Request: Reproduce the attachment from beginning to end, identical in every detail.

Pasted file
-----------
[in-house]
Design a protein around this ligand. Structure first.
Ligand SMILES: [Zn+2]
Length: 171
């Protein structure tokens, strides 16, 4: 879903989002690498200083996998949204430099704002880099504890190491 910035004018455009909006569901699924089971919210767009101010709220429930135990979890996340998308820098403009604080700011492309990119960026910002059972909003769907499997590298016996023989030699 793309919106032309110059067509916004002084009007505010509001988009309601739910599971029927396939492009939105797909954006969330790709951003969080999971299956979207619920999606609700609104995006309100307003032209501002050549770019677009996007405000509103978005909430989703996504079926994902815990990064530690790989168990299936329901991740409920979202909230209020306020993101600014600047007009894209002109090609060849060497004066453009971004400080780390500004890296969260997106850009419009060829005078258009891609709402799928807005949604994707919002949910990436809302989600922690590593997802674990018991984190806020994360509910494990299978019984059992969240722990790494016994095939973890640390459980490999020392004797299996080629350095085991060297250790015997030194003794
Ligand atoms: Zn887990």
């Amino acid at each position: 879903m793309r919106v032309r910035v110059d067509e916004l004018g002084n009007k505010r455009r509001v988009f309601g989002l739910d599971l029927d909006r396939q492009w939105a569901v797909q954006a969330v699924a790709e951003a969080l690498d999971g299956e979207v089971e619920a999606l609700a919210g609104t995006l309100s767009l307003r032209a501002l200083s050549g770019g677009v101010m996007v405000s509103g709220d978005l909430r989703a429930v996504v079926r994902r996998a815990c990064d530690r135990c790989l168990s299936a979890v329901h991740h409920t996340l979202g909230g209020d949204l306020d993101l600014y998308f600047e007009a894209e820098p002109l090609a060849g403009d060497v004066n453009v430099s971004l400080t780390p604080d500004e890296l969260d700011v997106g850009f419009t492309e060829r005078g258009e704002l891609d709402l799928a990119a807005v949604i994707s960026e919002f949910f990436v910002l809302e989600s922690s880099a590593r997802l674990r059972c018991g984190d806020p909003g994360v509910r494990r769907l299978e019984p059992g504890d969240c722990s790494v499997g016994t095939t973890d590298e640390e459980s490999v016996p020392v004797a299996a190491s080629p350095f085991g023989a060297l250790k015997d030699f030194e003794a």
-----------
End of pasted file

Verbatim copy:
[in-house]
Design a protein around this ligand. Structure first.
Ligand SMILES: [Zn+2]
Length: 171
């Protein structure tokens, strides 16, 4: 879903989002690498200083996998949204430099704002880099504890190491 910035004018455009909006569901699924089971919210767009101010709220429930135990979890996340998308820098403009604080700011492309990119960026910002059972909003769907499997590298016996023989030699 793309919106032309110059067509916004002084009007505010509001988009309601739910599971029927396939492009939105797909954006969330790709951003969080999971299956979207619920999606609700609104995006309100307003032209501002050549770019677009996007405000509103978005909430989703996504079926994902815990990064530690790989168990299936329901991740409920979202909230209020306020993101600014600047007009894209002109090609060849060497004066453009971004400080780390500004890296969260997106850009419009060829005078258009891609709402799928807005949604994707919002949910990436809302989600922690590593997802674990018991984190806020994360509910494990299978019984059992969240722990790494016994095939973890640390459980490999020392004797299996080629350095085991060297250790015997030194003794
Ligand atoms: Zn887990």
């Amino acid at each position: 879903m793309r919106v032309r910035v110059d067509e916004l004018g002084n009007k505010r455009r509001v988009f309601g989002l739910d599971l029927d909006r396939q492009w939105a569901v797909q954006a969330v699924a790709e951003a969080l690498d999971g299956e979207v089971e619920a999606l609700a919210g609104t995006l309100s767009l307003r032209a501002l200083s050549g770019g677009v101010m996007v405000s509103g709220d978005l909430r989703a429930v996504v079926r994902r996998a815990c990064d530690r135990c790989l168990s299936a979890v329901h991740h409920t996340l979202g909230g209020d949204l306020d993101l600014y998308f600047e007009a894209e820098p002109l090609a060849g403009d060497v004066n453009v430099s971004l400080t780390p604080d500004e890296l969260d700011v997106g850009f419009t492309e060829r005078g258009e704002l891609d709402l799928a990119a807005v949604i994707s960026e919002f949910f990436v910002l809302e989600s922690s880099a590593r997802l674990r059972c018991g984190d806020p909003g994360v509910r494990r769907l299978e019984p059992g504890d969240c722990s790494v499997g016994t095939t973890d590298e640390e459980s490999v016996p020392v004797a299996a190491s080629p350095f085991g023989a060297l250790k015997d030699f030194e003794a």